• Those that move from wild to domestic animals then go on to be transmitted long-term between humans (such as pandemic influenza viruses, SARS-CoV-2); and
  • Vector-borne viruses that use an animal amplification host and are transmitted by arthropod vectors such as mosquitoes and ticks, Culicoides spp. midges and sandflies to sensitive animals and humans, where they can cause severe disease. This includes West Nile virus, Rift Valley fever virus (RVFV), Crimean Congo haemorrhagic fever virus (CCHFV), and emerging arboviruses such as Zikavirus and endemic arthropod transmitted viruses such as African horse sickness virus (AHSV), Shunivirus and Middelburgvirus.

CCHFV, RVFV, SARS, MERS, Nipah and henipaviruses as well as the future “pathogen X” (SARS-CoV-2 in the current instance) were listed as priority pathogens by the World Health Organization due to the propensity of these viruses to cause severe disease with deaths and the lack of any therapeutic treatments or vaccines. The recent emergence of Covid-19 caused by SARS-CoV-2 is a chilling example of the emergence of pathogen X and what can happen. That South Africa had no capacity to respond to it in terms of making vaccines or therapeutics such as monoclonal antibodies or antivirals, or even basic diagnostics, is even more disturbing. The fact that this happened more than 10 years after the H1N1 influenza pandemic of 2009 caught us similarly unprepared, means we are overdue to put measures in place to deal with emerging disease agents – but also to provide capacity lacking in the South African human and animal health landscape. We note that despite proven local capacity to make pandemic influenza vaccine candidates, and a supposed government commitment to manufacture since 2009, we still have no flu vaccine manufacturing.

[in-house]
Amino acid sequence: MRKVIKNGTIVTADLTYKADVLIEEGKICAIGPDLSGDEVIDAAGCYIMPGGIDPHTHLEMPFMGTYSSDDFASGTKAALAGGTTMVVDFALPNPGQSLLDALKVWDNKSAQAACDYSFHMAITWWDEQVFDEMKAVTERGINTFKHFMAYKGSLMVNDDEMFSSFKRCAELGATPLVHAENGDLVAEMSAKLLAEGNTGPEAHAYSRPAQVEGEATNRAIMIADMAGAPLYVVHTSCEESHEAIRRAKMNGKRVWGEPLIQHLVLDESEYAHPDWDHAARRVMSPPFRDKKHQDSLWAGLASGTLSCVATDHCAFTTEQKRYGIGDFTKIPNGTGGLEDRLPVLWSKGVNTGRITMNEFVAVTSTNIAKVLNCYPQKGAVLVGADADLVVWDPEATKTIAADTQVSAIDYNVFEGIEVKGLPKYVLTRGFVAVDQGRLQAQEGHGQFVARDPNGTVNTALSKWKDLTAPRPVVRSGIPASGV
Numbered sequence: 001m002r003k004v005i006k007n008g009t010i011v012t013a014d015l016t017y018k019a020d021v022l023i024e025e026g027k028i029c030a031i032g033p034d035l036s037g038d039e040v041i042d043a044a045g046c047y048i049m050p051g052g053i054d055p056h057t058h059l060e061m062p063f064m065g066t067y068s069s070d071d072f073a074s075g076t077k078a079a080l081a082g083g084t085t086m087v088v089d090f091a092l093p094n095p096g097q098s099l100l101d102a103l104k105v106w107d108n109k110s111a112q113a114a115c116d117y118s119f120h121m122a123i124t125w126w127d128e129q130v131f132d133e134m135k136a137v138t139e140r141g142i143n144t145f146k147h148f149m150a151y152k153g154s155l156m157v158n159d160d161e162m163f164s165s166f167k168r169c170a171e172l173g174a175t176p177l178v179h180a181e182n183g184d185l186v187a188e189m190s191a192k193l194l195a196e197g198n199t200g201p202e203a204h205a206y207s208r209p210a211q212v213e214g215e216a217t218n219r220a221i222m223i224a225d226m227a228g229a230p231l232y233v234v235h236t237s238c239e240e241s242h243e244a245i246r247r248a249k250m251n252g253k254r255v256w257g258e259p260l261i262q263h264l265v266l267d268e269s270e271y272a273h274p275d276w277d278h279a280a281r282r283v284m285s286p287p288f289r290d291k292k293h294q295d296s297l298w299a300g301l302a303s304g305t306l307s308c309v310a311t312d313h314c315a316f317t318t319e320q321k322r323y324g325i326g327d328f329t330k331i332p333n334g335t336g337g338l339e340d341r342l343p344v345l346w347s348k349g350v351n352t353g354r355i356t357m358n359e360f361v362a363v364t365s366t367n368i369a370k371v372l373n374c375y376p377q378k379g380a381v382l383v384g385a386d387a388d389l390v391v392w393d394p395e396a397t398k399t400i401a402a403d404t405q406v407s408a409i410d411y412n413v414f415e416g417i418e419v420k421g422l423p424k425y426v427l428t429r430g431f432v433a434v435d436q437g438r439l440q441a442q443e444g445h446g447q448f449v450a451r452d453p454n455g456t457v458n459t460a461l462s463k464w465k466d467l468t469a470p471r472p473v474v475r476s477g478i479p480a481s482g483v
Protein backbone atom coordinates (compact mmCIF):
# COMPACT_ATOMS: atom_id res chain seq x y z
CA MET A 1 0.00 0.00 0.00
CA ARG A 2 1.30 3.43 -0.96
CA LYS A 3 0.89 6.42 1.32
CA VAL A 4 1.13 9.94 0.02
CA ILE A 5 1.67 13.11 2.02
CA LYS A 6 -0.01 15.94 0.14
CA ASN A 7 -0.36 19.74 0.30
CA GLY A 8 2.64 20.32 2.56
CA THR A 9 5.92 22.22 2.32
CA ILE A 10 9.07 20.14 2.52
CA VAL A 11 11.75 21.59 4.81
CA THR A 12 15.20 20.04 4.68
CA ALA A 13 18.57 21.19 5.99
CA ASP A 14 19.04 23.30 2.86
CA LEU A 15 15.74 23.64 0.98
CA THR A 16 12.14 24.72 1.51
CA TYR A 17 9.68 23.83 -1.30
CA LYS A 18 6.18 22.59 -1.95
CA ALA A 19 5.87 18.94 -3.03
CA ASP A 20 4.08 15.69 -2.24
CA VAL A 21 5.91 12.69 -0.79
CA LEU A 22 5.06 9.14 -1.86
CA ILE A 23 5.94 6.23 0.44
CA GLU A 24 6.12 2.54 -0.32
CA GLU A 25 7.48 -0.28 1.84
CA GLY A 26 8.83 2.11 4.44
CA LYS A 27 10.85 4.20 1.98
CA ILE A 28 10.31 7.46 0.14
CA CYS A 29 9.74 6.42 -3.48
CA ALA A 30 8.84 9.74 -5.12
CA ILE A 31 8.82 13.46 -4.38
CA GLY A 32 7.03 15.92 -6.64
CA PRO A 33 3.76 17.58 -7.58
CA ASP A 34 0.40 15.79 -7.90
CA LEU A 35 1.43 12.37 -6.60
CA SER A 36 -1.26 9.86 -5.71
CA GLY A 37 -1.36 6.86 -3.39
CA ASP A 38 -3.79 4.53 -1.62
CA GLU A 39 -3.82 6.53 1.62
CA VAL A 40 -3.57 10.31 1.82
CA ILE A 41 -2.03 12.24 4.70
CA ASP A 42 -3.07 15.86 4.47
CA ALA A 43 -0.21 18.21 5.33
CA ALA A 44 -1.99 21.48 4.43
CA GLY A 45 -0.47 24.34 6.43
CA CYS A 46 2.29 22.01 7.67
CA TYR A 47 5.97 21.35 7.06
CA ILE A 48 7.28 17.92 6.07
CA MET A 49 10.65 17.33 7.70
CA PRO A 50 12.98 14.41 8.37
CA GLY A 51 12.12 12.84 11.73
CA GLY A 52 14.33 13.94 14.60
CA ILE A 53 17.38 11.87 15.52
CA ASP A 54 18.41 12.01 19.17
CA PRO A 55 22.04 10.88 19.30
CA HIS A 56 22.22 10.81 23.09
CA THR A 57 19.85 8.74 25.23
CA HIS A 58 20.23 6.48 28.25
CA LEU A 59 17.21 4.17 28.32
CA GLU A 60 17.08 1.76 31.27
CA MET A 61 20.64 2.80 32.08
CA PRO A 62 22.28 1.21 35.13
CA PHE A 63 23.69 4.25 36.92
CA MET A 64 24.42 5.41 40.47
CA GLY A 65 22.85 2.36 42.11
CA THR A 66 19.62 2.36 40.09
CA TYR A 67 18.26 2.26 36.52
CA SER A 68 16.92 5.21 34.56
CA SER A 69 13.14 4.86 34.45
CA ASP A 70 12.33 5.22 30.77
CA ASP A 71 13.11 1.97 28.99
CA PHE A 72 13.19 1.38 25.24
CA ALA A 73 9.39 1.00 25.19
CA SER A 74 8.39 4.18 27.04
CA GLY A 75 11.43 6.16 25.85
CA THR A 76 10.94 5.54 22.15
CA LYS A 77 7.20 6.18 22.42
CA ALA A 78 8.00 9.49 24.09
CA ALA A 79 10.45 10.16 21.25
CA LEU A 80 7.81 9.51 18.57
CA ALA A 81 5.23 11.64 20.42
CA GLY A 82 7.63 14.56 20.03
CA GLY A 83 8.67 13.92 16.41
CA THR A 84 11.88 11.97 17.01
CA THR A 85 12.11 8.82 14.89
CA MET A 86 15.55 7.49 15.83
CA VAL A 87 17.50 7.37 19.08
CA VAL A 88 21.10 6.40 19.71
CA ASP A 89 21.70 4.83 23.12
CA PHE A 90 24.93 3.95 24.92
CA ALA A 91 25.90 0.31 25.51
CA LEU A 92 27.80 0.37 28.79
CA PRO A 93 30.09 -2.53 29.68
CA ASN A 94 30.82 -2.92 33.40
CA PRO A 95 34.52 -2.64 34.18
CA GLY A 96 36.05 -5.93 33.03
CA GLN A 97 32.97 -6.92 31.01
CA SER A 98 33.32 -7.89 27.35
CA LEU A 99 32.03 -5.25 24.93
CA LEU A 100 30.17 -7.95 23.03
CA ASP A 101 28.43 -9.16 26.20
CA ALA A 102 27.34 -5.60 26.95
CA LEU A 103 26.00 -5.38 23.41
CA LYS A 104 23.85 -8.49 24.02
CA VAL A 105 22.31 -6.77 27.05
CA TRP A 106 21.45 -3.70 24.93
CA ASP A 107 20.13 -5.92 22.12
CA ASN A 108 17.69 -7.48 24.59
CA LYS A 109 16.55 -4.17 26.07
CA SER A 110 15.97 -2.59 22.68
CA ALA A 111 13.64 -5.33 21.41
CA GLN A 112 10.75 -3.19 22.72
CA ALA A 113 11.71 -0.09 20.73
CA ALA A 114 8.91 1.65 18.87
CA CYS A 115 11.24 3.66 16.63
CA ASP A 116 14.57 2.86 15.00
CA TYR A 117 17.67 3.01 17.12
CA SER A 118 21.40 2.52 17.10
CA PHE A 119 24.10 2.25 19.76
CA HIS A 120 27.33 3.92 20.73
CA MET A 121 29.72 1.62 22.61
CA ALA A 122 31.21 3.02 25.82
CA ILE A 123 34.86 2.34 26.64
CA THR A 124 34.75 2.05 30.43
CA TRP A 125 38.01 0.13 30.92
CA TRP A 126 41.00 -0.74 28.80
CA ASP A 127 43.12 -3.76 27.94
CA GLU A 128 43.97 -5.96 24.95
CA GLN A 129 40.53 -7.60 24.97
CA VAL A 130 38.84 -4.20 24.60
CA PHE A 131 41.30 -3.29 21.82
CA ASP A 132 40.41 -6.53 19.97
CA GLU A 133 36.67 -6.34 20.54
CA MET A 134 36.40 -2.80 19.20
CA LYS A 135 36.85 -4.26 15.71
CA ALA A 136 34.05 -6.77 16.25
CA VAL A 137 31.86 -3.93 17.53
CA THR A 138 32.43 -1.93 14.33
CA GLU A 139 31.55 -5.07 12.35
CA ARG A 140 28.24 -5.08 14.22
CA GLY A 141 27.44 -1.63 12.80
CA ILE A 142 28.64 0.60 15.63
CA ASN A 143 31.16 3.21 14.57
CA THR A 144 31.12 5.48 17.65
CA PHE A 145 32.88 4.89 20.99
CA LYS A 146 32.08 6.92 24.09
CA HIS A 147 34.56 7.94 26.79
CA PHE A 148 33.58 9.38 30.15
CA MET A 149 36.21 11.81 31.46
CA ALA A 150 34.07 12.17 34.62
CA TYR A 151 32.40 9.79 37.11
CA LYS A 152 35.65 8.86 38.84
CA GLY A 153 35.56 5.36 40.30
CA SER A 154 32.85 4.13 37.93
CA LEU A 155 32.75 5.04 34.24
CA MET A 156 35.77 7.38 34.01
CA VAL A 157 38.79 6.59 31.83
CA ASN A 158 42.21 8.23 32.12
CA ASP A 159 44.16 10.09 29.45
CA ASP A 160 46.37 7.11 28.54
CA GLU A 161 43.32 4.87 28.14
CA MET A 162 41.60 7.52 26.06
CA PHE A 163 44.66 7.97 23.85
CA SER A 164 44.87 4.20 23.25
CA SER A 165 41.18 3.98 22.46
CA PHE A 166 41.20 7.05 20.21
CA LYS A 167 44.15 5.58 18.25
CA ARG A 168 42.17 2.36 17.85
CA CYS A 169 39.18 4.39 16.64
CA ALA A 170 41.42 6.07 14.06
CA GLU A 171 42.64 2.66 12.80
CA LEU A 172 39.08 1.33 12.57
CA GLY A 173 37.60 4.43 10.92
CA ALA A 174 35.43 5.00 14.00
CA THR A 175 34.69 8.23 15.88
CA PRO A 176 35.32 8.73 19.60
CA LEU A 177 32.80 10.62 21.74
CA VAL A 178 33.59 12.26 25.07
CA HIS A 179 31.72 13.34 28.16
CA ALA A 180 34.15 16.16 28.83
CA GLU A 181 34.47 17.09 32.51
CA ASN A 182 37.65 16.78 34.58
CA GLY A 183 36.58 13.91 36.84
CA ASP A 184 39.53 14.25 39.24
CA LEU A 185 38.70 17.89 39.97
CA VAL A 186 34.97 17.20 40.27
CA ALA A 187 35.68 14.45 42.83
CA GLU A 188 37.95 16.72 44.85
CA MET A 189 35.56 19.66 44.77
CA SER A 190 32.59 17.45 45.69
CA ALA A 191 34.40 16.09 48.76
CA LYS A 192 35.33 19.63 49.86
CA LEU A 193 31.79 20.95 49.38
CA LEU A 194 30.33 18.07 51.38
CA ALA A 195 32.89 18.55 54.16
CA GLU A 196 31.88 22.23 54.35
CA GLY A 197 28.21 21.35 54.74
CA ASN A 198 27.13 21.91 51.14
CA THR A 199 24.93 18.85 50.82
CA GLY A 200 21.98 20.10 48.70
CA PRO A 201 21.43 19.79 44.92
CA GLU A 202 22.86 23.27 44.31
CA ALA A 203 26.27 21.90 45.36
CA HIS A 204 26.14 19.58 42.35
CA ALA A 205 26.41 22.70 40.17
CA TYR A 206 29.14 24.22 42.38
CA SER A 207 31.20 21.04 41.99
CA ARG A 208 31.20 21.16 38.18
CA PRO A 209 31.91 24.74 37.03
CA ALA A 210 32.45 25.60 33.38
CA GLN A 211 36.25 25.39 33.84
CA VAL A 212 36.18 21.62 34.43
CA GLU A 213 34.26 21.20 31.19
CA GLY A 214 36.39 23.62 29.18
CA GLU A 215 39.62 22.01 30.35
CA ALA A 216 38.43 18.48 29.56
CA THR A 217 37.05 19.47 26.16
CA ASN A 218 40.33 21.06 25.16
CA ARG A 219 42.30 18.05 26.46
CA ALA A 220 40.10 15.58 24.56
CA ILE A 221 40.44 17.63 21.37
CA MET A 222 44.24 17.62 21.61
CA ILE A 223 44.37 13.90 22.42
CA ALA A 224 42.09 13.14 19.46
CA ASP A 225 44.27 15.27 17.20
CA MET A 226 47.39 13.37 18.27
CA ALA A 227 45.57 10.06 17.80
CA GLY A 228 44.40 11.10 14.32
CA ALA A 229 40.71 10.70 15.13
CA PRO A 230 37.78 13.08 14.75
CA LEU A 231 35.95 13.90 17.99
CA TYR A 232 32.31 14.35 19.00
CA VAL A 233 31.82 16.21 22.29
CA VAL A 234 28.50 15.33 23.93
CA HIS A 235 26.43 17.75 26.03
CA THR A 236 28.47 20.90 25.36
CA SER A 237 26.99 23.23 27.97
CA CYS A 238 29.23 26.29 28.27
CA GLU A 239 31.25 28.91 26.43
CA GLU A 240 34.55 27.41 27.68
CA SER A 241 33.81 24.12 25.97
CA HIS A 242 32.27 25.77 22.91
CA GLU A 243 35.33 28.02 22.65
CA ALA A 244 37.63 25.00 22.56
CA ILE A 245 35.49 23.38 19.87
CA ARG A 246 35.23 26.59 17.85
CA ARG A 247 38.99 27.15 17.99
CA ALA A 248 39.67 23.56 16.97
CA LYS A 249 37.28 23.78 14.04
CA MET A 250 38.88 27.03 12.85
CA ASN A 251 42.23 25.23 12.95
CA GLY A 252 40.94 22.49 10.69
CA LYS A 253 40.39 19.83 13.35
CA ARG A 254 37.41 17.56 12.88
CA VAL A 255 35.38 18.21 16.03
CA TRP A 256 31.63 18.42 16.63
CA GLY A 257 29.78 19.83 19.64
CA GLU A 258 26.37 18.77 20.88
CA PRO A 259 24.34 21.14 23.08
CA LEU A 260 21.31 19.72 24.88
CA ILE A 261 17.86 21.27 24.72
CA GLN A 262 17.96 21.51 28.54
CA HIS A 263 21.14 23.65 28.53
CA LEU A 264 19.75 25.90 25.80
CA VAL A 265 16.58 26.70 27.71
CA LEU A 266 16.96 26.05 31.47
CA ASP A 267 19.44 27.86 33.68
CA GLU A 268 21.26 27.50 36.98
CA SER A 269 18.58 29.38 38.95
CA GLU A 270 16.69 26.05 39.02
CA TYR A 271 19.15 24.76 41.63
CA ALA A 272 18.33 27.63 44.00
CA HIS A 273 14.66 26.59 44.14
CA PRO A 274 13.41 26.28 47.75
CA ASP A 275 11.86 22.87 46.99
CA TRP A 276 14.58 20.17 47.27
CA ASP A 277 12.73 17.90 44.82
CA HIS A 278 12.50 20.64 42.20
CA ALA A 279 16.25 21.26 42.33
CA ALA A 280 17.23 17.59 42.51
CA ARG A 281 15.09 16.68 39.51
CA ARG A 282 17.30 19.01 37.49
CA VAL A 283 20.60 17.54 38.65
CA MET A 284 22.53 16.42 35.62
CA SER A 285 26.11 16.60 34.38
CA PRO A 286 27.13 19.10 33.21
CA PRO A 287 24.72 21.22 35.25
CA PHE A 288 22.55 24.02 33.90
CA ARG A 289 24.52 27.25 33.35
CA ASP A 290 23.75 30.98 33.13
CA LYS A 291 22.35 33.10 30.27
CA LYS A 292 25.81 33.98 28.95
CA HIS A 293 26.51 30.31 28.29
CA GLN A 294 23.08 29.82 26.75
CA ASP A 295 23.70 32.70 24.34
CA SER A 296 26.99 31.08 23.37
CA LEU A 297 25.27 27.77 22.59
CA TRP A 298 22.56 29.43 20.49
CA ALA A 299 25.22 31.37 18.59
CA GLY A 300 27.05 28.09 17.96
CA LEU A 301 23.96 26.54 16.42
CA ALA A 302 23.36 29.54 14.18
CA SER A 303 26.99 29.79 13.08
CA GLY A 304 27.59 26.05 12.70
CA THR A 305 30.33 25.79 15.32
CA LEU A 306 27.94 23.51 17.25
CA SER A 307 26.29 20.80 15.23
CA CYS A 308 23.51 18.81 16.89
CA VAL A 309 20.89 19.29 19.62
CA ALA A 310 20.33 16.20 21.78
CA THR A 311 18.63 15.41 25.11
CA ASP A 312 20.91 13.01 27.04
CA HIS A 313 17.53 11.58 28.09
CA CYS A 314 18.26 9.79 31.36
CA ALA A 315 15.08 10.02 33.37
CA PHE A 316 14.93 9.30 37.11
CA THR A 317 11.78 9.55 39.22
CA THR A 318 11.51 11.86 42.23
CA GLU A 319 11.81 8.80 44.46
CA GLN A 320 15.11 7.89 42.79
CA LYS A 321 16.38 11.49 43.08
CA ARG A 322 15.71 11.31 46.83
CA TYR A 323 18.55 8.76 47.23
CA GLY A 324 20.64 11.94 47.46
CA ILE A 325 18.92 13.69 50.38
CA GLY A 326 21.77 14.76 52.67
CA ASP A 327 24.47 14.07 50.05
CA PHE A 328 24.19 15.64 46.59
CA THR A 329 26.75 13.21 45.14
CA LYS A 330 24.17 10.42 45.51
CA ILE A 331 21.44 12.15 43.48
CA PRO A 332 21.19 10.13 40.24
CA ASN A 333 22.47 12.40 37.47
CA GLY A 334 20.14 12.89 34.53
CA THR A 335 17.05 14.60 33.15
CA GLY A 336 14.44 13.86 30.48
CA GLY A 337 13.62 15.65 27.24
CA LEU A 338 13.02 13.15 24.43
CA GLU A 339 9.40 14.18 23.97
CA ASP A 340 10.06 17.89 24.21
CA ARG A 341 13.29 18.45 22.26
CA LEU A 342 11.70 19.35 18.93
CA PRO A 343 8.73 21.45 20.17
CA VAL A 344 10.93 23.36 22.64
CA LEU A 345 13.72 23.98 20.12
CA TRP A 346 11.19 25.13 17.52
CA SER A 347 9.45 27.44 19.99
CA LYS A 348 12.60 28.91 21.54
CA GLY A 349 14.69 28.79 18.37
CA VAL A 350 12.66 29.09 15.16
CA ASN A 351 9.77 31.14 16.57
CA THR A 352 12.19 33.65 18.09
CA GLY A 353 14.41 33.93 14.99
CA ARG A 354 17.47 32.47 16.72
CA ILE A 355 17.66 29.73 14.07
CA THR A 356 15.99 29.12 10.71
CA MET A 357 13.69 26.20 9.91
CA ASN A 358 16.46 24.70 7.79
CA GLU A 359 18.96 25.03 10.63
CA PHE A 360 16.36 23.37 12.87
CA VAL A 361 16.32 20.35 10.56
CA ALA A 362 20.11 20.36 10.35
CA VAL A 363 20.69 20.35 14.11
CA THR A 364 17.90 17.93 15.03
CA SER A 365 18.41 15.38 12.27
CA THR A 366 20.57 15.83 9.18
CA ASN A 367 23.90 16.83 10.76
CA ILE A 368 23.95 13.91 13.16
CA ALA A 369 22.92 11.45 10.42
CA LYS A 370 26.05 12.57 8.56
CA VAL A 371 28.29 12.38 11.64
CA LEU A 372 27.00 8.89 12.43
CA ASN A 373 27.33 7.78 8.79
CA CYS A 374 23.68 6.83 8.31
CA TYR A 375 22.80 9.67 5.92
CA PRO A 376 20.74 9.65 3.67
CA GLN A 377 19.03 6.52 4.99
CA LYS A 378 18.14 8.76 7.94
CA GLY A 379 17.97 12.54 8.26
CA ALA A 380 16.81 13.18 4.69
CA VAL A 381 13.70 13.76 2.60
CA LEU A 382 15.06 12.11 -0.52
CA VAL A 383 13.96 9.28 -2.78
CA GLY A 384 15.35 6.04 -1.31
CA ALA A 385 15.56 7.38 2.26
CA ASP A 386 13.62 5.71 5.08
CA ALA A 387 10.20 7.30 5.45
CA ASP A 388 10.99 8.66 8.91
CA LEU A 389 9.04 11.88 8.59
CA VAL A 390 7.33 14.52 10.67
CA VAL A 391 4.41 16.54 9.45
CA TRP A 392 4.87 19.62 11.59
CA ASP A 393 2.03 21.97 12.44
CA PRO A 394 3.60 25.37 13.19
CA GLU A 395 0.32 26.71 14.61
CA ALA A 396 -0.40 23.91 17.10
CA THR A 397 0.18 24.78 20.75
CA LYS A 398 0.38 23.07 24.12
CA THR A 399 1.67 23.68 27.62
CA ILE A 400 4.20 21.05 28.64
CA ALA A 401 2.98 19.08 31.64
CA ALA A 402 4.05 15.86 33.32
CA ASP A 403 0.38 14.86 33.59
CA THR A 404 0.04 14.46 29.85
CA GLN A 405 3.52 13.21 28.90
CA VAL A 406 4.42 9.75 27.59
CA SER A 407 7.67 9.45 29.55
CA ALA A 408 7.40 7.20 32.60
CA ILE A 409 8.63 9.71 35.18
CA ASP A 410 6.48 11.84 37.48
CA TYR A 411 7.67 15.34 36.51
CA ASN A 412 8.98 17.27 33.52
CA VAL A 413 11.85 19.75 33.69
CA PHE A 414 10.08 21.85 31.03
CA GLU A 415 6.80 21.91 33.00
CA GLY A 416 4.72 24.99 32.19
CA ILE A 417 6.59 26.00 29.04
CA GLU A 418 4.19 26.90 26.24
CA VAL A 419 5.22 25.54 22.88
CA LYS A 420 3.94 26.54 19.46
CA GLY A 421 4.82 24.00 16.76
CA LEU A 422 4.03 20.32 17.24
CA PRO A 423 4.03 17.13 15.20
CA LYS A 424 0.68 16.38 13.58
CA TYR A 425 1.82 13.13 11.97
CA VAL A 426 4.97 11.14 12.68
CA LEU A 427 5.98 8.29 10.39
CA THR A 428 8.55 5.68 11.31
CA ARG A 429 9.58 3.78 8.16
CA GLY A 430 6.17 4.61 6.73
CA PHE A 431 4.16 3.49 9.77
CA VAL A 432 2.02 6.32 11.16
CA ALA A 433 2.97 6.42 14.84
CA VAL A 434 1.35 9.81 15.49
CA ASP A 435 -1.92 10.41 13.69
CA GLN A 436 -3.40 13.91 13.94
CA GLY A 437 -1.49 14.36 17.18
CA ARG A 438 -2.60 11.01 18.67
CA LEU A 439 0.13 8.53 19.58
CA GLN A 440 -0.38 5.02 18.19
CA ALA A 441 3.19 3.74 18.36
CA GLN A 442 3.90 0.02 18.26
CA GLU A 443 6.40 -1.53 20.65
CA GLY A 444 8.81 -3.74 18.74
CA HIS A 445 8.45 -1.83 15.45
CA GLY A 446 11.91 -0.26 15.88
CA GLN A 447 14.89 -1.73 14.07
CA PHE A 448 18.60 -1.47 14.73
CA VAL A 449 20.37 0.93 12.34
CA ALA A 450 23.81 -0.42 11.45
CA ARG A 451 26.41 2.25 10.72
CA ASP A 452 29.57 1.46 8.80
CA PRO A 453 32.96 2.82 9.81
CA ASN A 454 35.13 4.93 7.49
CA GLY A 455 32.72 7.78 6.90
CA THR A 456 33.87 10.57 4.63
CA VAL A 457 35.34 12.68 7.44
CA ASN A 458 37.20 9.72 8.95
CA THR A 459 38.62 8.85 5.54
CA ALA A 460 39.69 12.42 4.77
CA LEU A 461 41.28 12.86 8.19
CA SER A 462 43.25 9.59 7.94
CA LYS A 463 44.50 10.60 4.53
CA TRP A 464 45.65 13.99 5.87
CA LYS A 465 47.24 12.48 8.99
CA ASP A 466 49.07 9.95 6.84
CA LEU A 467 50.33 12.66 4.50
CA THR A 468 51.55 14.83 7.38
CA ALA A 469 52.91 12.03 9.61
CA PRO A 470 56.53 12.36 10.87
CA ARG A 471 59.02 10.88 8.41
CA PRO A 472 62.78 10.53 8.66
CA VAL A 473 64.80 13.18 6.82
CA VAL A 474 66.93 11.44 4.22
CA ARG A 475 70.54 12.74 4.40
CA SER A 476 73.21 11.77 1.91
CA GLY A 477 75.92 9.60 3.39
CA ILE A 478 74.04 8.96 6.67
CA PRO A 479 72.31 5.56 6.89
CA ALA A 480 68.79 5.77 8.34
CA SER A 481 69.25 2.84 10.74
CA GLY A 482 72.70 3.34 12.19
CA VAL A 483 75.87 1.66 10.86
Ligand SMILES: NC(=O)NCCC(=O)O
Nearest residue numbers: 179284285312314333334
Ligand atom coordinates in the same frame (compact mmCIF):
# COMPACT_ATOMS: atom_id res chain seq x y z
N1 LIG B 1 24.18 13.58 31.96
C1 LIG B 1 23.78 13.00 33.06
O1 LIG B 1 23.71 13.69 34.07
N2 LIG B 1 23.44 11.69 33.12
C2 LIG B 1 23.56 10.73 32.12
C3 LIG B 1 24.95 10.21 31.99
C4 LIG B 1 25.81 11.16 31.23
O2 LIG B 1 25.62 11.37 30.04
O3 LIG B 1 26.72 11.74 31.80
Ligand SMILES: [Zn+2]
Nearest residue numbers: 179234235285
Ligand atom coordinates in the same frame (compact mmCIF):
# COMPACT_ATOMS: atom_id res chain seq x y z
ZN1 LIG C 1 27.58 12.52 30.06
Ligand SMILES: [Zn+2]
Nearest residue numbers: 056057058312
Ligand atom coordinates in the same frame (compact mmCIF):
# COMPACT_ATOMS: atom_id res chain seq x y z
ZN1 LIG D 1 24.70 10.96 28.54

The power of the One Health approach is exemplified by the repeatedly re-emerging Rift Valley fever and Crimean-Congo haemorrhagic fever viruses. Making virus proteins locally, which has been done by one of our labs, could provide unique reagents for inexpensive virus surveillance, and vaccine candidates in animals and in humans, if they proved efficacious. Another example is the transmission from humans of SARS-CoV-2 into farmed mink in Denmark (termed “reverse zoonosis”) and its rapid mutation in that host, and ready transmission back into humans. The availability of a candidate vaccine for use in animals would have obviated this, and saved millions of mink.